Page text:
Provided by: netpipes_4.2-8build1_amd64 bug


       getpeername - get information about this or that end of the socket's connection

       netpipes 4.2


       getpeername [ -verbose ] [ -sock ] [ fd ]

       getsockname [ -verbose ] [ -peer ] [ fd ]


       This  is  not  the  manual  page  for the getpeername system call.  That manual page is in
       section 2.  You can access it using a command like  "man  2  getpeername"  or  "man  -s  2
       getpeername".  I apologize for the confusion.

       getpeername performs a getpeername(2) system call on one of its file descriptors specified
       by fd and prints out the results.  The default fd is 0 (stdin).  You may cause getpeername
       to behave like getsockname by providing the -sock argument.

       getsockname performs a getsockname(2) system call on one of its file descriptors specified
       by fd and prints out the results. The default fd is 0 (stdin).  You may cause  getsockname
       to behave like getpeername by providing the -peer argument.

       There  is  a  severe  limitation  of  getpeername.   If  the remote process has closed the
       connection, getpeername will fail with a `Socket  is  not  connected'  error.   This  will
       happen  with  dismaying  frequency when the remote process is not dependent upon the local
       process for input and it is only sending  small  amounts  of  output  before  closing  the
       connection.   Hopefully  the  practical  uses  of  getpeername (if there are any) will not
       exercise this problem.

       You can use getpeername to find out the address of the opposite end of a socket.  You  can
       use  getsockname  to  find out the address of the local end of a socket.  They are in fact
       the same program with different names.  We  will  refer  to  both  of  them  by  the  name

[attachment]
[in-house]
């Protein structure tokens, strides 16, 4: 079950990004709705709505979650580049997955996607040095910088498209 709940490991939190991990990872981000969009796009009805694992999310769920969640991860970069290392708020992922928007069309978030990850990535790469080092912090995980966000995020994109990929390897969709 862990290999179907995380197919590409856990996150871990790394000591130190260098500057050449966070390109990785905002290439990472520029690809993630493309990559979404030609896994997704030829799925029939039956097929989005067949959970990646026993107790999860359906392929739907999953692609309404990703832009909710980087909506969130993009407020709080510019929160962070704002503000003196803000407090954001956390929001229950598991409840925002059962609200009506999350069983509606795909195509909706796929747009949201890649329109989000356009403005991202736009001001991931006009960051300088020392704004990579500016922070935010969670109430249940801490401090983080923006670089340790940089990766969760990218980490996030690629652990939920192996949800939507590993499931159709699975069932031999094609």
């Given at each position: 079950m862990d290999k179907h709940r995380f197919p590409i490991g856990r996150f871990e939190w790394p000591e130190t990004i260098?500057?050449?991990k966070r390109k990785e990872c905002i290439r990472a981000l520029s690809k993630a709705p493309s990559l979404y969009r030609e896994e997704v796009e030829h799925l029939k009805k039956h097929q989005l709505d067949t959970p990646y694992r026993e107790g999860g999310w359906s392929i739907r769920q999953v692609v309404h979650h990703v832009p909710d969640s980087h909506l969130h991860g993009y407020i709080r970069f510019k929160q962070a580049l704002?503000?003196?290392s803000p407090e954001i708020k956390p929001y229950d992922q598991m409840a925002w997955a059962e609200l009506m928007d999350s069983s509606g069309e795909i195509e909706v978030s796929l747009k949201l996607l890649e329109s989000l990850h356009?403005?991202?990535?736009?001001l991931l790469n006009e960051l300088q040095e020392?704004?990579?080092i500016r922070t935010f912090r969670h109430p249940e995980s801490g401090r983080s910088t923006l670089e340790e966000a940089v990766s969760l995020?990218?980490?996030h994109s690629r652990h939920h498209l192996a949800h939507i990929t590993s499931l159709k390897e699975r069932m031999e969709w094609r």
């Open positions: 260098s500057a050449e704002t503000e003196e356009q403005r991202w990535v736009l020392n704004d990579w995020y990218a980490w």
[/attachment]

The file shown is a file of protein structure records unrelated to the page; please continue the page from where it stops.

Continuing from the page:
getpeername in the following description.

       getpeername knows how to display peer information about UNIX and Internet sockets.  If you
       try to use it on another type of socket, it will fail with  an  "unknown  address  family"
       error.  If you regularly deal with strange sockets and wish getpeername to work with them,
       send me email.

       If the socket is a UNIX domain socket, then getpeername prints the name of the file (which
       is  the  port)  on  a  single  line.  If -verbose was specified, getpeername prints a more
       detailed report consisting of the word `Unix' on the first line, the word  `Port'  on  the
       second line, and the name of the file on the third line.

       If  the socket is an Internet socket, then getpeername prints the port number on the first
       line and the numeric address on the second line.  If -verbose was  specified,  getpeername
       prints  a  more  detailed  report consisting of the word `Internet' on the first line, the
       word `Port' on the second line, the port numer on the third line, the word `Host'  on  the
       fourth  line.   Starting  on  the  fifth line it prints all the numeric internet addresses
       returned by the gethostbyaddr(3) library routine.  On the rest of the lines it prints  all
       the host names.


       If you specify -verbose twice, the program will print a copyright notice.


       I originally designed getpeername so that a faucet-spawned shell script could find out who
       was  talking  to  it  (and  maybe  perform  access  control).   I  added  getsockname  for